Number 5: Allow meeting rail relocation in Team meetings

meeting rail in teams.png

Uservoice: here

Have you ever noticed that when cams are turned on in a Teams meeting, certain people look down all the time? This is usually because they have built-in cameras or have their external camera on top of the device and look down at a center screen of a presentation or at other people who have their camera on in the meeting rail that is at the bottom of the stage. Ah but Zoom has it in the top right? Incoming custom layouts that we’ll see in the new year can cover and fix this – but if not, the option to move the meeting rail would be a nice addition to help people focus and look at each other more squarely in the camera. Let’s look at some more action in 2021 – after all, we’re not all shoegazers

Number 6: The ability to hide the presence externally per user

hide presence externally user is teams.png

Uservoice: here

I recently wrote a blog about the fact that while most people aren’t aware of it, you can hide the presence externally, because users outside your organization can’t see your status. At this time, however, you can only hide it from the entire organization, not per user, and you don’t have the option to set exceptions (i.e. people on your contacts list or by domain). Now I’m sure some people are totally satisfied with others outside their organization using Teams or Skype for Business, knowing when they’re available. In my experience, however, some are not – and for some they really see it as a serious invasion of both their privacy and their security. Last year I asked for custom statuses in attendance and maybe that’s somewhere on the list, but for me personally the ability to limit the sharing of presence externally per user and with exceptions to number 1 followed by the ability to write – do not just read the presence, via the presence API. If Microsoft were to do both, plus a custom presence status and the ability to disable presence for the entire organization, making it an optional feature, that would likely satisfy pretty much everyone I know who currently has presence needs

Number 7: Correction of channel securing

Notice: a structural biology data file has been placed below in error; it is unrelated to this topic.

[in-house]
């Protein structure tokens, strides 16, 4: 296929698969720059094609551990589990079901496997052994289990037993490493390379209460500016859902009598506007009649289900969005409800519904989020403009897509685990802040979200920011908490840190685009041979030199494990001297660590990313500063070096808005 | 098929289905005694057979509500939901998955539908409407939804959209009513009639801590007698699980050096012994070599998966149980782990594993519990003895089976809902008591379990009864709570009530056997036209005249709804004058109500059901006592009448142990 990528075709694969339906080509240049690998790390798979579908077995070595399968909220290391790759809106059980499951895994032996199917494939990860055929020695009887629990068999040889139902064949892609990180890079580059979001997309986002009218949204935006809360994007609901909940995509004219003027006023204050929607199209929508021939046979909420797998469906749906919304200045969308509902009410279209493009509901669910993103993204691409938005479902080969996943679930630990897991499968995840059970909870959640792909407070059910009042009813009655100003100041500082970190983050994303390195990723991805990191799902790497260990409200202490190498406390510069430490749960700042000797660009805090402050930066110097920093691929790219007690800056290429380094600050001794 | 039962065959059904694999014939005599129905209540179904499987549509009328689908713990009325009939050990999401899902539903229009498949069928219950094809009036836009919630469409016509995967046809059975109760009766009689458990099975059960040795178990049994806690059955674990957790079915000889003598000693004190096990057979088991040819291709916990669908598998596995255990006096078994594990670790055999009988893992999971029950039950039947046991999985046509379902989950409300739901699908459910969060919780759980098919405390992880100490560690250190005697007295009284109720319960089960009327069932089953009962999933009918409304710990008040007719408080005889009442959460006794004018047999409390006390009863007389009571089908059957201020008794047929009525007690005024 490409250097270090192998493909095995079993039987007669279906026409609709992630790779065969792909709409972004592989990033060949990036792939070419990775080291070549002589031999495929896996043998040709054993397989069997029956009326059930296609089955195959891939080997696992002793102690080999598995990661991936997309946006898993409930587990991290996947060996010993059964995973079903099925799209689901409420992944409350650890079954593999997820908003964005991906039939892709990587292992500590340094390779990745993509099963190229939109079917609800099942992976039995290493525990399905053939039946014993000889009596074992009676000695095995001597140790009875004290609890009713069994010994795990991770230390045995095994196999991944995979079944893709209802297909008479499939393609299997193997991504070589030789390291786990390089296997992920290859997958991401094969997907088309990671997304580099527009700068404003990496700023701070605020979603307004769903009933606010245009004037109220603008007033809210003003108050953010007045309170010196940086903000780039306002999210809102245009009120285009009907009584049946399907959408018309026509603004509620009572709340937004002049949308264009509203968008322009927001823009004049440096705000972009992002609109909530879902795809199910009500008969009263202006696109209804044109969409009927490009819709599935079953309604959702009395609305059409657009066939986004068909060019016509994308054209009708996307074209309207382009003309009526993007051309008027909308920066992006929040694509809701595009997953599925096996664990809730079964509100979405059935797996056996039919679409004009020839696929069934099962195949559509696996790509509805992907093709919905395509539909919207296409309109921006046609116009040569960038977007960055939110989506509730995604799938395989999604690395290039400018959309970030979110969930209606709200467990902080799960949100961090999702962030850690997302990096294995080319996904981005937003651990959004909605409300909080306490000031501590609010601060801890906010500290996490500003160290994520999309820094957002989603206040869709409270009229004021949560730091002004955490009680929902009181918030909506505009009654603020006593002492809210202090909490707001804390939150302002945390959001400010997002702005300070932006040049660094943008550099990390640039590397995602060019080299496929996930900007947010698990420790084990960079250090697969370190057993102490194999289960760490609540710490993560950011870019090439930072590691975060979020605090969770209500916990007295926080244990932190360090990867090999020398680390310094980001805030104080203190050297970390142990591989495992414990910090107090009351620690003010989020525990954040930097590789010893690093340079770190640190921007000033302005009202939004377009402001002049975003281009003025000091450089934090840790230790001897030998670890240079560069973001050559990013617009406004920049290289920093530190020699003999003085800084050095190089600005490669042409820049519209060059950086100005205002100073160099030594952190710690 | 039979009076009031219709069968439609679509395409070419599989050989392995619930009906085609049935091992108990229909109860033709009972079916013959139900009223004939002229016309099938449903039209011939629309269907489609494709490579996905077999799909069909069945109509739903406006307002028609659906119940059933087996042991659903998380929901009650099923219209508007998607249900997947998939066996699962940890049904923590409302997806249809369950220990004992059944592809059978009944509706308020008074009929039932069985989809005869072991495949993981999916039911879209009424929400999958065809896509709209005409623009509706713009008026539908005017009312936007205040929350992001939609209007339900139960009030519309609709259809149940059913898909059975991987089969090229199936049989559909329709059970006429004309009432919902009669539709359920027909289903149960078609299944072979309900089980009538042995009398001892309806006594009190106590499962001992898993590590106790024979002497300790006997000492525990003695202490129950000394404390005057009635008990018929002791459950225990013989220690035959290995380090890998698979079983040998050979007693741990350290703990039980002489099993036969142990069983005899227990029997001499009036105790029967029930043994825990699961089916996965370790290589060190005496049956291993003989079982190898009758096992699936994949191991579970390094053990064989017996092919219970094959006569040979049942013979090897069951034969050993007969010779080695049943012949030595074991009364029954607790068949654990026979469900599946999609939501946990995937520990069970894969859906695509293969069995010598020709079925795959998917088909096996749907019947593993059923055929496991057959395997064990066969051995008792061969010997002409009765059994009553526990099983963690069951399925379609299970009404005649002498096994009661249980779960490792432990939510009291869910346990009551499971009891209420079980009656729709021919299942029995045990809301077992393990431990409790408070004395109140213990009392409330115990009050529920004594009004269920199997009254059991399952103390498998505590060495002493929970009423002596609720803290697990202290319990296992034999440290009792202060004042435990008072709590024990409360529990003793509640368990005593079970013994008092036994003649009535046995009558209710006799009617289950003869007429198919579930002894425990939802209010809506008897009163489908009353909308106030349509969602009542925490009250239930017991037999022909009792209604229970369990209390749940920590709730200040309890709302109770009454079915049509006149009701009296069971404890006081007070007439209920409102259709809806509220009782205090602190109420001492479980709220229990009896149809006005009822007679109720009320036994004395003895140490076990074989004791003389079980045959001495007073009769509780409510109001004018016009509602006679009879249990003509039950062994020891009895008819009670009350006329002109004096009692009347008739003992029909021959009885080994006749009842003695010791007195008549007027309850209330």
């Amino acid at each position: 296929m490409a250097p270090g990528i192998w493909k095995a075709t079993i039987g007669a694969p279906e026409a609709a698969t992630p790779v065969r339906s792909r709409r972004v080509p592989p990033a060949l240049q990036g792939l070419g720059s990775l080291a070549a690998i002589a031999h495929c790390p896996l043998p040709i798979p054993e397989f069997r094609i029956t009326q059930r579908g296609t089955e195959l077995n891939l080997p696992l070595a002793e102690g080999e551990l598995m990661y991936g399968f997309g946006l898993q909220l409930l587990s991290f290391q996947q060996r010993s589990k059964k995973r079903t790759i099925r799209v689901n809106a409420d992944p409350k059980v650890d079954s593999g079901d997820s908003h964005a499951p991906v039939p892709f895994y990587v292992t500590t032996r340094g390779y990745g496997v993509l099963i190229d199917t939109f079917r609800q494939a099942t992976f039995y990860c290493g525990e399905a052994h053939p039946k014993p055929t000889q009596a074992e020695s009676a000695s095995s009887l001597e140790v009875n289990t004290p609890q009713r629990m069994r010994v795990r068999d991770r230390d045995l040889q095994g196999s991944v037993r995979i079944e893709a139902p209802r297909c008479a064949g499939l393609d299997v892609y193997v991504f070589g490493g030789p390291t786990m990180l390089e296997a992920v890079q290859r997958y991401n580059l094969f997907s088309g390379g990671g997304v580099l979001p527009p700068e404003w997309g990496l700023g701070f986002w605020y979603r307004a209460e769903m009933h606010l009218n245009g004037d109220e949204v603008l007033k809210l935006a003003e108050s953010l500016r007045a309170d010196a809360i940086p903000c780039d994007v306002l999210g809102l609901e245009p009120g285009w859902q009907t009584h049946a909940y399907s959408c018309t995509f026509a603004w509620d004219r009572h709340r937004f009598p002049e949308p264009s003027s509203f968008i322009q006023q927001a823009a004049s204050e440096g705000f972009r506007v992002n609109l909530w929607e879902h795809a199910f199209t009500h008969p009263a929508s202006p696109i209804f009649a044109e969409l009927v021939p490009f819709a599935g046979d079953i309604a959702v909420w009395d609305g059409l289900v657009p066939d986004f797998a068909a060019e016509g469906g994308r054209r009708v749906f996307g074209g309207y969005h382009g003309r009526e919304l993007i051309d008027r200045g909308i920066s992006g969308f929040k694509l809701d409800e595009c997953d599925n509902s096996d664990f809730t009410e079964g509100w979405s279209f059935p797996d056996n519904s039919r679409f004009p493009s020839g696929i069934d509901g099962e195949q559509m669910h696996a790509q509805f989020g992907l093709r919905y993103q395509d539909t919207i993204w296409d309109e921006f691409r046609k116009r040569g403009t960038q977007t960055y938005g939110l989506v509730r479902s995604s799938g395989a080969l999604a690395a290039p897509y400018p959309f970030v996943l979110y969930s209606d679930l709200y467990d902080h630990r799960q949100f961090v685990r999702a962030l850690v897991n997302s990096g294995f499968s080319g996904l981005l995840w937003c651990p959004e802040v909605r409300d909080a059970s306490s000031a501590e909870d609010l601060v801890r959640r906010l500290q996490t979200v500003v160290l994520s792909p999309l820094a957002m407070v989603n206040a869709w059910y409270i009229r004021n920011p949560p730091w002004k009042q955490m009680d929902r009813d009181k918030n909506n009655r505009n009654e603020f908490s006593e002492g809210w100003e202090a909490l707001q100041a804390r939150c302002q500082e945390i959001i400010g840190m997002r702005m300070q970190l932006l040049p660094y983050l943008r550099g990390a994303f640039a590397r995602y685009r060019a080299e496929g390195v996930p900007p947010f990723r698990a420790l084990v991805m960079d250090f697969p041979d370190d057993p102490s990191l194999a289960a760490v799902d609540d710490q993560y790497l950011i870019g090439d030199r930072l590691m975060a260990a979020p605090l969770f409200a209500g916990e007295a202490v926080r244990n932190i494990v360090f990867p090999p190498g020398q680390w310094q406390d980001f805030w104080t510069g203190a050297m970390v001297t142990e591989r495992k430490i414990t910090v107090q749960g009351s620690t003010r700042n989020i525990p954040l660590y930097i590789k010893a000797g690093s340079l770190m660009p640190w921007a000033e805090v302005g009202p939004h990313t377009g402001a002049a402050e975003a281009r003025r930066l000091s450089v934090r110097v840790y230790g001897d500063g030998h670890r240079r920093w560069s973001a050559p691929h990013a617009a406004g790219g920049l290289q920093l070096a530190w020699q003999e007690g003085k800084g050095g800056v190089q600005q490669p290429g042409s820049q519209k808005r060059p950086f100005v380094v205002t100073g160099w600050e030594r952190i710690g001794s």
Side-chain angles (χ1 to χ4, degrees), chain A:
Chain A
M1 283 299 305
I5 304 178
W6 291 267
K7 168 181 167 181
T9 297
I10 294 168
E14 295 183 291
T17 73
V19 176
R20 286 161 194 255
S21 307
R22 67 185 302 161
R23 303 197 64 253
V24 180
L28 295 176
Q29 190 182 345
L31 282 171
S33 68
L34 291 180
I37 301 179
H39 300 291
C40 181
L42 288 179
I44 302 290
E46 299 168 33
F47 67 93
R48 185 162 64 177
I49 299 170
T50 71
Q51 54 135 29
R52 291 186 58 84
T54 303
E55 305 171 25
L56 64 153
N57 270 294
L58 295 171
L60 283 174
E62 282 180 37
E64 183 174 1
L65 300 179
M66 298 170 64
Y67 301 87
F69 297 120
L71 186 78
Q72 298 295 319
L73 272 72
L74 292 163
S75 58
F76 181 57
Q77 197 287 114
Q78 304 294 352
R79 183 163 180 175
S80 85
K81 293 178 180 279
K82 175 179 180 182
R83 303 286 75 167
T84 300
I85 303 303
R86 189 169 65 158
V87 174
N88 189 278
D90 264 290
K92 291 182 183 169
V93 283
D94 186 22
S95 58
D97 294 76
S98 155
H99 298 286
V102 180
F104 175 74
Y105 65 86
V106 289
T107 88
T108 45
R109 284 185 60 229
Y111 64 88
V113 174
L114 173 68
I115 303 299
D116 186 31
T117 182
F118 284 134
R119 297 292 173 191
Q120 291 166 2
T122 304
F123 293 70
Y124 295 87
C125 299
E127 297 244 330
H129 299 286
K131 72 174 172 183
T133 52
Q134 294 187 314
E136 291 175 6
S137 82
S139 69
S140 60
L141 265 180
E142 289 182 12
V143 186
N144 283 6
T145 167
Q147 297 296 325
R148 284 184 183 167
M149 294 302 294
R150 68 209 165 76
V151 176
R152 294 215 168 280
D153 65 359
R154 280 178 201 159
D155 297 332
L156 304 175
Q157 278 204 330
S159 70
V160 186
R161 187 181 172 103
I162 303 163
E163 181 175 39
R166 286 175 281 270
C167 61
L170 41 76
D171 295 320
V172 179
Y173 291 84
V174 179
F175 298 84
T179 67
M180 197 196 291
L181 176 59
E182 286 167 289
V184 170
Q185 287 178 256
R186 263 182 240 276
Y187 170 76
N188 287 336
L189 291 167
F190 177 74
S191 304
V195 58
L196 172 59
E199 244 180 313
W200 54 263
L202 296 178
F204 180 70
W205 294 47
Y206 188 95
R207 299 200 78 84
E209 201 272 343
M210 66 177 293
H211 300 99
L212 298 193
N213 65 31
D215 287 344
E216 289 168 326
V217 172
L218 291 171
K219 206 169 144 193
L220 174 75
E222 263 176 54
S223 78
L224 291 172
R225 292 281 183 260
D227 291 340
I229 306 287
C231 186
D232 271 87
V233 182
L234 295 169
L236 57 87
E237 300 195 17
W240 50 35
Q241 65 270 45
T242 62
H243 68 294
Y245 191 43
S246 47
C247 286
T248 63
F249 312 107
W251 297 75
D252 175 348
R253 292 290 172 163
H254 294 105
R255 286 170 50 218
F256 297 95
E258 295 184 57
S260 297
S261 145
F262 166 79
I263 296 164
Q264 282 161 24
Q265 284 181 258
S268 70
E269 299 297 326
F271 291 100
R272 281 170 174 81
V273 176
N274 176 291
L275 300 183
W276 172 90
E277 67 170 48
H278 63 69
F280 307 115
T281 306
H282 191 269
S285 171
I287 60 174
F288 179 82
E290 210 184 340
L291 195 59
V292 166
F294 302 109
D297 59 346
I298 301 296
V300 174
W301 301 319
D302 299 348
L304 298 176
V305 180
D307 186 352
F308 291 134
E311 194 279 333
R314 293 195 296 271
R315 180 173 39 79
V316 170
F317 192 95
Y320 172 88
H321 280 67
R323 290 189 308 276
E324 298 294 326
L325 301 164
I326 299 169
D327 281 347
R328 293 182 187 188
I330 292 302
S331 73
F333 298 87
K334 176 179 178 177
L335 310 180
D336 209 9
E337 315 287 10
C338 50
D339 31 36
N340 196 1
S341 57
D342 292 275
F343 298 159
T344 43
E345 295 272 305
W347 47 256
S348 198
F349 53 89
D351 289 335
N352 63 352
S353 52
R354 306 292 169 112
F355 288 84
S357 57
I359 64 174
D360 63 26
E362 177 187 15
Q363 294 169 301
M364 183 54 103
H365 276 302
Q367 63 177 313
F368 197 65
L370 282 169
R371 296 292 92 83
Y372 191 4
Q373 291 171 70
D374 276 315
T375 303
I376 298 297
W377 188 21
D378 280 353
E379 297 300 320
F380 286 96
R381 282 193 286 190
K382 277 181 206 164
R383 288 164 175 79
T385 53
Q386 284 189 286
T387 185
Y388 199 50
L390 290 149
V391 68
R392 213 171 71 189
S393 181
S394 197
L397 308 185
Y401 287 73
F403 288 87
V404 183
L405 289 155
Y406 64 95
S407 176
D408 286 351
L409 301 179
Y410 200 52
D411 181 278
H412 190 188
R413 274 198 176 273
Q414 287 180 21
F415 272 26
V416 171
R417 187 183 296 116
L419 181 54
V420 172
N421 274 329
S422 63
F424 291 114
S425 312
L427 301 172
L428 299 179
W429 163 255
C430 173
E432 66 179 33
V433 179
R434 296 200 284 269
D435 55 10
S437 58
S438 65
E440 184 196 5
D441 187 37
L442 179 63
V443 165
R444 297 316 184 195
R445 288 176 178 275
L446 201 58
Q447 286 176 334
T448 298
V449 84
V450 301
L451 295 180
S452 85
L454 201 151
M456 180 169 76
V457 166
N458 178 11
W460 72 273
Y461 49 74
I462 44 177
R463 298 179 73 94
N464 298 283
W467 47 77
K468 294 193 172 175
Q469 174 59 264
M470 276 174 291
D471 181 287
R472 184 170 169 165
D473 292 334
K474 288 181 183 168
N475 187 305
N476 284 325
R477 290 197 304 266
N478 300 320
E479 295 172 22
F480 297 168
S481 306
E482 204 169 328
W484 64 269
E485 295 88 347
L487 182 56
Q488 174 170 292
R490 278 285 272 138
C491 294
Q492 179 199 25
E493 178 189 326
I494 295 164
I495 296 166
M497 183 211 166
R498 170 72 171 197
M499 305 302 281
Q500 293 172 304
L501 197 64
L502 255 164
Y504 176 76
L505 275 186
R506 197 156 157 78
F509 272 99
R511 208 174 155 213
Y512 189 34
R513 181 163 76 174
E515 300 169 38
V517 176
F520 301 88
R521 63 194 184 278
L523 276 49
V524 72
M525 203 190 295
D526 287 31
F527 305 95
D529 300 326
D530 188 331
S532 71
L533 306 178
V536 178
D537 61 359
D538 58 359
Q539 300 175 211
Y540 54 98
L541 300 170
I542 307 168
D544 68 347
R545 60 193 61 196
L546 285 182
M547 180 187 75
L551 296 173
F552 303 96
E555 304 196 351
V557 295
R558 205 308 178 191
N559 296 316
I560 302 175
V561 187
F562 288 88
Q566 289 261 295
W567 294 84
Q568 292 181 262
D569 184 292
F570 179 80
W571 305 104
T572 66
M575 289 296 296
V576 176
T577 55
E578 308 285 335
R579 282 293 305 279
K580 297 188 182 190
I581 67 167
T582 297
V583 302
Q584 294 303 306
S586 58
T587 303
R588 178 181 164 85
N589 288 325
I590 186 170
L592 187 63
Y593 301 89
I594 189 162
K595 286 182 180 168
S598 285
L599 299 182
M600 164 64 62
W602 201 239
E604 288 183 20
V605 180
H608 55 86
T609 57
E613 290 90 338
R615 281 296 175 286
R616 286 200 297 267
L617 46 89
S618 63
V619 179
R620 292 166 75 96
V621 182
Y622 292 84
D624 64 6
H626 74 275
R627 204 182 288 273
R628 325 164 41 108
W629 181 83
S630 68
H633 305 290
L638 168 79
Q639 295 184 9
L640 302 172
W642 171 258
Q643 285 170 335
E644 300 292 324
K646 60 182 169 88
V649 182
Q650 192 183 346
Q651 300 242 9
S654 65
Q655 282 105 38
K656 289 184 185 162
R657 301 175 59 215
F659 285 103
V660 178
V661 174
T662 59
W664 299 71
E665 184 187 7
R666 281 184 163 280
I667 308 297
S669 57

Correction of channel post pinning

Uservoice: here

Like many, I was looking forward to being able to secure a message in a channel. I thought I could pin it down and it would appear at the top of the channel conversation, fully visible to anyone who went to the channel. It would be there, bold, cheeky and give the team what I needed to know. Except that this was not the case. When you pin a message, the pinned message is only visible in the channel’s information window that you can’t see unless you open the information window, a small icon in the upper-right corner of the screen. This is not automatically understood – just read the comments on the uservoice. To be honest, maybe we all didn’t have the right expectations about this. However, if you consider pinning files or lists in Microsoft 365, pinning at the top of the screen means full view for easy access, so you can probably see what people were expecting prior to release. Hopefully this is a quick fix – and after that, securing files or video would be a great next step, not just to limit them to the Files tab

Number 8: Transfer music in Teams conversations

transfer call in teams.jpg

Uservoice: here

It’s a generalization, but a caller generally doesn’t like to stop during a call. Is this a mistake? Am I about to be dropped? Or is someone listening, but he just doesn’t respond? Hold music exists today; that includes the ability to transfer music if you’re using direct routing, since session boundary controllers like Oracle can fill that gap. But if you have call subscriptions, there is no music transfer today. This is one of those things that is harshly pointed out as a fundamental gap in the service. It really isn’t – and calling has made huge progress over the past year. But customers complain to users, who complain to administrators and you know what score it seeps up. As we’ve seen with those small but vital things like busy pressure, secondary ringing, longest inactivity and call merge – those small but essential telephony functions that contribute to the quality of the user experience, should be present

Number 9: Cast meetings to public video platforms

12 features that are welcome in Microsoft Teams in 2021.

Uservoice: here

NDI is really cool. OBS is really cool. What would be even cooler, however, is the ability to stream and cast a Microsoft Teams meeting to public video platforms like YouTube and Workplace by Facebook, introduce chroma key green screen, prepackaged video, transitions, and keep up with apps like Streamyard that give users really cool production opportunities without having to be technically advanced to run. As much as there is a great opportunity with Stream v2.0 and producing/editing content, so there is an opportunity here to broadcast really slick content and make it widely available. Teams is the perfect vehicle to do that.